In the grand WNV tradition of taking things just, way too far, welcome to the first installment of Perpetuitink, a series in which we use some horrible source text to train a Neural Network to generate drawing prompts, and let it boss us around for a while, for the rest of our lives.
The premise starts simple and then quickly spirals out of control, as is tradition. Inspired by a combination of both the desire to practice the drawn arts (or learn how to even start doing them in the first place for one of us), and a post from A.I. Weirdness, we set out to let a computer give us some drawing tasks. A neural network is a fairly dumb tool of Machine Learning that is essentially a collection of guesses and checks against some given set of data until the machine gets really good at guessing. In the case of text, it consumes some large body, like a book, and tries to generate sequences of words that would fit in with it, ignoring the ideas that fail and remembering the ones that seem to work. One giant .txt file and 27 hours of self-training later, we have a functioning Brain. From there, we let it generate 100 prompts of five words or less, delete the ones that are just absolute nonsense (these things really don’t get that punctuation is not words), and choose the final 31 at random.
For the grand introduction of Perpetuitink, we decided to let this thing take over our lives for the entire month of January: thirty-one drawing prompts for thirty-one days. And what better way to illustrate just how fundamentally broken we are as people than to kick things off by feeding it the full source text of H.P. Lovecraft’s The Dunwich Horror, a story that is long rumored to be based on his stay in our hometown in Western Massachusetts. Lovecraft allegedly hated it there so, so much that it inspired some of the core themes of his cosmic horror genre. If nothing else, this experience should give you a fairly good look into why it is that we are the way we are here at WNV.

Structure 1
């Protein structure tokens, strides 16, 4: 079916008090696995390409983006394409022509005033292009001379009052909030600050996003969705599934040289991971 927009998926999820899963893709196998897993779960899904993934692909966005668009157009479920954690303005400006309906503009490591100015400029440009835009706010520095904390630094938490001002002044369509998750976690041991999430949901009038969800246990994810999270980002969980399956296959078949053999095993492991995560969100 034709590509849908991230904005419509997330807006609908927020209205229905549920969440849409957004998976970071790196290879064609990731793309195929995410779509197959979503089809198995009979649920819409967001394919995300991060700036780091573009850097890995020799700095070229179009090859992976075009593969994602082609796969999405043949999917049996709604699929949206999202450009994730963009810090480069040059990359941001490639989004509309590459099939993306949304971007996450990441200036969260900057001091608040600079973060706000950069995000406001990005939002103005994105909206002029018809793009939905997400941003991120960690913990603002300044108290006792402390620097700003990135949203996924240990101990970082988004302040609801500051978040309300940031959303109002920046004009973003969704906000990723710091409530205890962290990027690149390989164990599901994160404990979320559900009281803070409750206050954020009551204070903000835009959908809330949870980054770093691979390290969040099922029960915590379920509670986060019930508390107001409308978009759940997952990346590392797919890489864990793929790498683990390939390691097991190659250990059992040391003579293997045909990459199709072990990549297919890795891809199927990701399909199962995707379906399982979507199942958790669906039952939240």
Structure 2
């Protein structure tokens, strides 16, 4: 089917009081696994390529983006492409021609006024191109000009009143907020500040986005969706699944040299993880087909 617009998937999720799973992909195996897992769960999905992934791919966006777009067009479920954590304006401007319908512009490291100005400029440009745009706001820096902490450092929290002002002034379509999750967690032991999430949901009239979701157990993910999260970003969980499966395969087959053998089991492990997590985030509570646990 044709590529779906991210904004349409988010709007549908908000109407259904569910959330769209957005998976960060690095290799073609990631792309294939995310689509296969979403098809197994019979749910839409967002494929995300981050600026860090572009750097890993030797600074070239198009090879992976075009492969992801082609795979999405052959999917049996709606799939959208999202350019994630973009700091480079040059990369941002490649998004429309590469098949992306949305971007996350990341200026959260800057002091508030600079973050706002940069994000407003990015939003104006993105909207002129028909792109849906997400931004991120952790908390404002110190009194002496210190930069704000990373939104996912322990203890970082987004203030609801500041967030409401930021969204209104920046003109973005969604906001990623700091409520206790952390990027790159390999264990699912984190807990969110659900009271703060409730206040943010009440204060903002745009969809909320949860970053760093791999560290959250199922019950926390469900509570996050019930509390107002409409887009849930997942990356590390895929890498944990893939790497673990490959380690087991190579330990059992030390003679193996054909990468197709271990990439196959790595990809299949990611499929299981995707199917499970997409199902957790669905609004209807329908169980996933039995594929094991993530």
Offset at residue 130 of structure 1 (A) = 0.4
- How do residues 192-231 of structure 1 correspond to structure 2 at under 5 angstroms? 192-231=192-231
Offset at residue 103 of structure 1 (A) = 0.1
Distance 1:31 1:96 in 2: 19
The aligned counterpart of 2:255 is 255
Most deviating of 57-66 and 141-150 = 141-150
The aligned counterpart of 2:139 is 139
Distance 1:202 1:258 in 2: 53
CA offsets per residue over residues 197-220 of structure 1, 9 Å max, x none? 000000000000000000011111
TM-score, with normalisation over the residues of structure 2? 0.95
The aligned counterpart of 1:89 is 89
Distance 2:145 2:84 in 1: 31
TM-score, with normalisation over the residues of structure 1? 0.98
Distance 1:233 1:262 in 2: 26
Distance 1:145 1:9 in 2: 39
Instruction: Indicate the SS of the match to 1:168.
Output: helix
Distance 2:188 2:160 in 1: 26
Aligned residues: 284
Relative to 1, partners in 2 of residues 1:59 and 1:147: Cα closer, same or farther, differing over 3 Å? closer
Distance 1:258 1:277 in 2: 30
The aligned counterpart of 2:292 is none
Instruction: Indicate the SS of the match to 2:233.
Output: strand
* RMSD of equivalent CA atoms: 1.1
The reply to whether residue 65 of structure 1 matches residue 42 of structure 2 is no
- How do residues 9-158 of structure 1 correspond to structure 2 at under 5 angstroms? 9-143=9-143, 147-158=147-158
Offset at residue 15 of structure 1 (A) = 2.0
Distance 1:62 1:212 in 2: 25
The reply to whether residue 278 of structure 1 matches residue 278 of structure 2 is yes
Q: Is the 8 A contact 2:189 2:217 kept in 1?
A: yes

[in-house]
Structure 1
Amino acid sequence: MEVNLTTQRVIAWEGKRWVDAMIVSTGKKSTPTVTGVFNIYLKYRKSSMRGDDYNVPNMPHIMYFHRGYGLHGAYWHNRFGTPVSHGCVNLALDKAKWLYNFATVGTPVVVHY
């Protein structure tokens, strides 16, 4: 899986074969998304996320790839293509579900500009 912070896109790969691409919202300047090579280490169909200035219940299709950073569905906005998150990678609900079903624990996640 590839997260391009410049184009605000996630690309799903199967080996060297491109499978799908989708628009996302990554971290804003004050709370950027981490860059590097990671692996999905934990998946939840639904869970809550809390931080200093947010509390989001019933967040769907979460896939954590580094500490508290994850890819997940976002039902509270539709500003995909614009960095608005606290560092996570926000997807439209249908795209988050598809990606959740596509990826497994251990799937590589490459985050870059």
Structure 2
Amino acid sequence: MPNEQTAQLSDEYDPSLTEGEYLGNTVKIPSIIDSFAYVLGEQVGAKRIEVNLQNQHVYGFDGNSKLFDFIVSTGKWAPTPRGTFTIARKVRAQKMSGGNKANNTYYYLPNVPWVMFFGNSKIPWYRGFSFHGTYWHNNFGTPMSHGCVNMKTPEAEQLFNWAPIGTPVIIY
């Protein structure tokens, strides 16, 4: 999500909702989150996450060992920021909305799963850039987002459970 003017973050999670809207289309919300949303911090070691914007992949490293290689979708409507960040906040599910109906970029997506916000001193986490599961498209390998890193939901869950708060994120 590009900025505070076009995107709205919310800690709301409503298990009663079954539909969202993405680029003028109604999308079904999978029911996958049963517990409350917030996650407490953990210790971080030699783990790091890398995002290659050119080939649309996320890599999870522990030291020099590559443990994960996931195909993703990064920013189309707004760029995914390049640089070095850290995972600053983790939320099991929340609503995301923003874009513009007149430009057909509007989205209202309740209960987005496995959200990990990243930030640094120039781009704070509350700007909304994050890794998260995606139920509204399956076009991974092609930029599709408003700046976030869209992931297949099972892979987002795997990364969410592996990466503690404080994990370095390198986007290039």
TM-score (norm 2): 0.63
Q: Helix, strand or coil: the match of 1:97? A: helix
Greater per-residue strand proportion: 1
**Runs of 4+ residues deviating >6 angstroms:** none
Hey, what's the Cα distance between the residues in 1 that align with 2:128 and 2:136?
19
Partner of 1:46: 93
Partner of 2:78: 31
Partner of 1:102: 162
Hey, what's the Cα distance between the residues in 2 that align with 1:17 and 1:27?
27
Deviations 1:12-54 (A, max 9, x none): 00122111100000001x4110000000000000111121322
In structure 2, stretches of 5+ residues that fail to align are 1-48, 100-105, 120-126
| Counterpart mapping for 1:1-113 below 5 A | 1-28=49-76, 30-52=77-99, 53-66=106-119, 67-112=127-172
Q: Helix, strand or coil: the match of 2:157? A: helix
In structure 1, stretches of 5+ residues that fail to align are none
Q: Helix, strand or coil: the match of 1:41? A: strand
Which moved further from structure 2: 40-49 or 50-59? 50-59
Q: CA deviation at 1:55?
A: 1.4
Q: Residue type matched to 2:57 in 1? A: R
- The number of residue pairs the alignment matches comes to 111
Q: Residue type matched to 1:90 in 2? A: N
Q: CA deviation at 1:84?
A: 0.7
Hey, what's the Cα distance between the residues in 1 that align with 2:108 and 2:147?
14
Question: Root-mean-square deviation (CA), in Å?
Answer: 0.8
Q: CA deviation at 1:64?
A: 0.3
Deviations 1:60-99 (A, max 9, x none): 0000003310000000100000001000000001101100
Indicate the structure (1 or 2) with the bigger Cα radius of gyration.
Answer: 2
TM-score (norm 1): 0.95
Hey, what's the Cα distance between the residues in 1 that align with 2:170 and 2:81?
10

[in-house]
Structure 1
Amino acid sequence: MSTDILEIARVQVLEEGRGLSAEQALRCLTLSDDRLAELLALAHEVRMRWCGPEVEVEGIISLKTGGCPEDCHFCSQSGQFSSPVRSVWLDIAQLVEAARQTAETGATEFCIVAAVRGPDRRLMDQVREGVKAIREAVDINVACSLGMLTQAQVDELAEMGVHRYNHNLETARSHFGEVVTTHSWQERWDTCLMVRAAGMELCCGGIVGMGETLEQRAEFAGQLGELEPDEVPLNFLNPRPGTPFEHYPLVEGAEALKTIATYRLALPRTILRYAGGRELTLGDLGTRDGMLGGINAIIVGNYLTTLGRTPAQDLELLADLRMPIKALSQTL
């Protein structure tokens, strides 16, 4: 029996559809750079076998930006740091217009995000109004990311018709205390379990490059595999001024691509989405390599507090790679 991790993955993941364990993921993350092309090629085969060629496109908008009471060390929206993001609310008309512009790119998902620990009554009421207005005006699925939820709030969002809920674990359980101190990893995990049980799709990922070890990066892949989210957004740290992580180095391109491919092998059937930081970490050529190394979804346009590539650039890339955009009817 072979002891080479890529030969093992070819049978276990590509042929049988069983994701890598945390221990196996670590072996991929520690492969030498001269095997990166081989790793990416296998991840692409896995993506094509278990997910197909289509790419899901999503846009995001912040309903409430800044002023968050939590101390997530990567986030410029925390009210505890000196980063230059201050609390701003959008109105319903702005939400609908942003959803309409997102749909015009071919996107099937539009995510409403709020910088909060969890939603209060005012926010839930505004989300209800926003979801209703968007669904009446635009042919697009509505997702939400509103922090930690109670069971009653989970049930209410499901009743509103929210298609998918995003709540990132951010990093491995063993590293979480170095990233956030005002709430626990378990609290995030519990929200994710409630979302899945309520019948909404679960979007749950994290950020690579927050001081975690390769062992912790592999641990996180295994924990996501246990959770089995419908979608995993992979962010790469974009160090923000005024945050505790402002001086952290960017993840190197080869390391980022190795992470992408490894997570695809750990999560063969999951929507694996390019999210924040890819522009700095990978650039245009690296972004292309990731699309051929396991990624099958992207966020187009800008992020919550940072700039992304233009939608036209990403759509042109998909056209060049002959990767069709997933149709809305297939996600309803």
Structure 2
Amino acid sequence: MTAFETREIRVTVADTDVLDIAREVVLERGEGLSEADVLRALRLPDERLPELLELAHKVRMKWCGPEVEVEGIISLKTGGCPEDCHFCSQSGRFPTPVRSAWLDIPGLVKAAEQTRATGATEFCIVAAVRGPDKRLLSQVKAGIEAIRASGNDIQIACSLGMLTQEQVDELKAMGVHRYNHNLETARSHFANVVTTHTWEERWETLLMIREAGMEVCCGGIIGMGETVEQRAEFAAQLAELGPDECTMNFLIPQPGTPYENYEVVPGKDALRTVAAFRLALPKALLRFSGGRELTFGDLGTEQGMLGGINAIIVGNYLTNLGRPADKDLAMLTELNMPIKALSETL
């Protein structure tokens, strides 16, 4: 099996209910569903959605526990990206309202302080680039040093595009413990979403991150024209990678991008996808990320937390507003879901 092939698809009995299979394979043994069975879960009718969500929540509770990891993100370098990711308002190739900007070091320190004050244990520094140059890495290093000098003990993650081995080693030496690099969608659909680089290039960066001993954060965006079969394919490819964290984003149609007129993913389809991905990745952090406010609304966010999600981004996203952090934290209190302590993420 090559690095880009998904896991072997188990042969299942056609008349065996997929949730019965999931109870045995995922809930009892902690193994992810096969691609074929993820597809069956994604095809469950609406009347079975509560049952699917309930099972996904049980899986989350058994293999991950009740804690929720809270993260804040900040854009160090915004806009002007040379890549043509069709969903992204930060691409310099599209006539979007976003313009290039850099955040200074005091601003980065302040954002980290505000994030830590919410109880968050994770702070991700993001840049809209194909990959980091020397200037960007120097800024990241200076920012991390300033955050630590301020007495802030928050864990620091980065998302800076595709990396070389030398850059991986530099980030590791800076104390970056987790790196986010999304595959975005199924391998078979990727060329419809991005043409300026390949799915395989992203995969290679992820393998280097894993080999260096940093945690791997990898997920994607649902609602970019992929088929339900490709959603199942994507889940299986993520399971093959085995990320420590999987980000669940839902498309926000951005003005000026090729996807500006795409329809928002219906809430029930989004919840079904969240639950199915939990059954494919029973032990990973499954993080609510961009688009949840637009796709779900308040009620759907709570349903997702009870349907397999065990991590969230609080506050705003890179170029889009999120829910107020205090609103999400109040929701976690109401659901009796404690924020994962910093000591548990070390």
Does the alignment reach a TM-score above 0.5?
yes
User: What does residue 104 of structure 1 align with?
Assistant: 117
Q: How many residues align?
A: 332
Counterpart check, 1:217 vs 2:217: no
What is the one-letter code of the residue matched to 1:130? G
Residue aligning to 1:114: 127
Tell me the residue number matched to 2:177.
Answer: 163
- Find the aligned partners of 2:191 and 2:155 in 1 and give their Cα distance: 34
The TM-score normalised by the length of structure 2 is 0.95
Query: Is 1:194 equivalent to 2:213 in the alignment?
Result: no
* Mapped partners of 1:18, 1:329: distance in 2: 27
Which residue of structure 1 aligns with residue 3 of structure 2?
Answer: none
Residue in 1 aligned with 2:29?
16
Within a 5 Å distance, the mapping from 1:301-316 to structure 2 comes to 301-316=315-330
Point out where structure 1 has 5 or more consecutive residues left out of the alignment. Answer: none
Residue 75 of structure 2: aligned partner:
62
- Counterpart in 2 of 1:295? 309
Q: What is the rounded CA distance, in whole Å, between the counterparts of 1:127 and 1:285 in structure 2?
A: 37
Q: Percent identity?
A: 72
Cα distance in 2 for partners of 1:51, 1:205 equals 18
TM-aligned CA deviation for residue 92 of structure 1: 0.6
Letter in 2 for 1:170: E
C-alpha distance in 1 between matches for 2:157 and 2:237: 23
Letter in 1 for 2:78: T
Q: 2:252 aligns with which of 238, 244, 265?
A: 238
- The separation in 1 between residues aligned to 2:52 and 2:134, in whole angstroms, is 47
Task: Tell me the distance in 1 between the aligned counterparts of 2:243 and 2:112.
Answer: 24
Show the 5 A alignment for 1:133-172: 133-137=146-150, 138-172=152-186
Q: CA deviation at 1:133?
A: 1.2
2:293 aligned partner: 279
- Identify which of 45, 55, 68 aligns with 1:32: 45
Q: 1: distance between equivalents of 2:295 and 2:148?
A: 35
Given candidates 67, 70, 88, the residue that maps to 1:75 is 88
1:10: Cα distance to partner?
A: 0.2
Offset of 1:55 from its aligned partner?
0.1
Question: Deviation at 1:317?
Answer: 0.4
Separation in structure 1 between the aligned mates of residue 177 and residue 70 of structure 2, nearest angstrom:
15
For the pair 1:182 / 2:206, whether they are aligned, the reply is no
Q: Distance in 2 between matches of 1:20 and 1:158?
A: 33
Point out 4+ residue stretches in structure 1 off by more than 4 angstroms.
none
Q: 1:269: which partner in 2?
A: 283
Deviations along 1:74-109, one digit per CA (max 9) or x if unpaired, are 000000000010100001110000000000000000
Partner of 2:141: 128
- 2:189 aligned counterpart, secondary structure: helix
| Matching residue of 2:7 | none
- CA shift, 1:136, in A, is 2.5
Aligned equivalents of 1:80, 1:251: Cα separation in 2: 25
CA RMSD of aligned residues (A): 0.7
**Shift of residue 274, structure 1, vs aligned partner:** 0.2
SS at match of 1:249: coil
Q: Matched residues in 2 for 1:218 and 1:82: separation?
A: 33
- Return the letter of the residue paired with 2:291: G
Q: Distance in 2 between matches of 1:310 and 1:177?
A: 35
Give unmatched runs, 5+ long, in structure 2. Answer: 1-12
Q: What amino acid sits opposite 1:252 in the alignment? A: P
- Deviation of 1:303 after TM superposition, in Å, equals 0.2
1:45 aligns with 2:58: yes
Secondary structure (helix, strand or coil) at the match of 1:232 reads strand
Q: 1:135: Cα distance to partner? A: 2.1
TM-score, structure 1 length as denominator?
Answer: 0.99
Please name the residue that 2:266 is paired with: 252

The rules of Perpetuitink are fairly loose for this first self-flagellation, just draw what the horrible Brain tells you to, whatever that means to you. One of us attempted to follow the core tenets of Inktober, while the other just struggled to get basic shapes to exist on his iPad. It is important to note that at no point until after January’s end and it became time to create these posts did we share or discuss our drawings. This must be suffered alone.
At the end of it all, we are left with 62 works of art to share with you, our loving audience, and rather than collapse that building on top of you all at once, trapping you in the rubble of our crumbled minds, it’s been broken up into three volumes. We
proudly present to you today the first of those installments.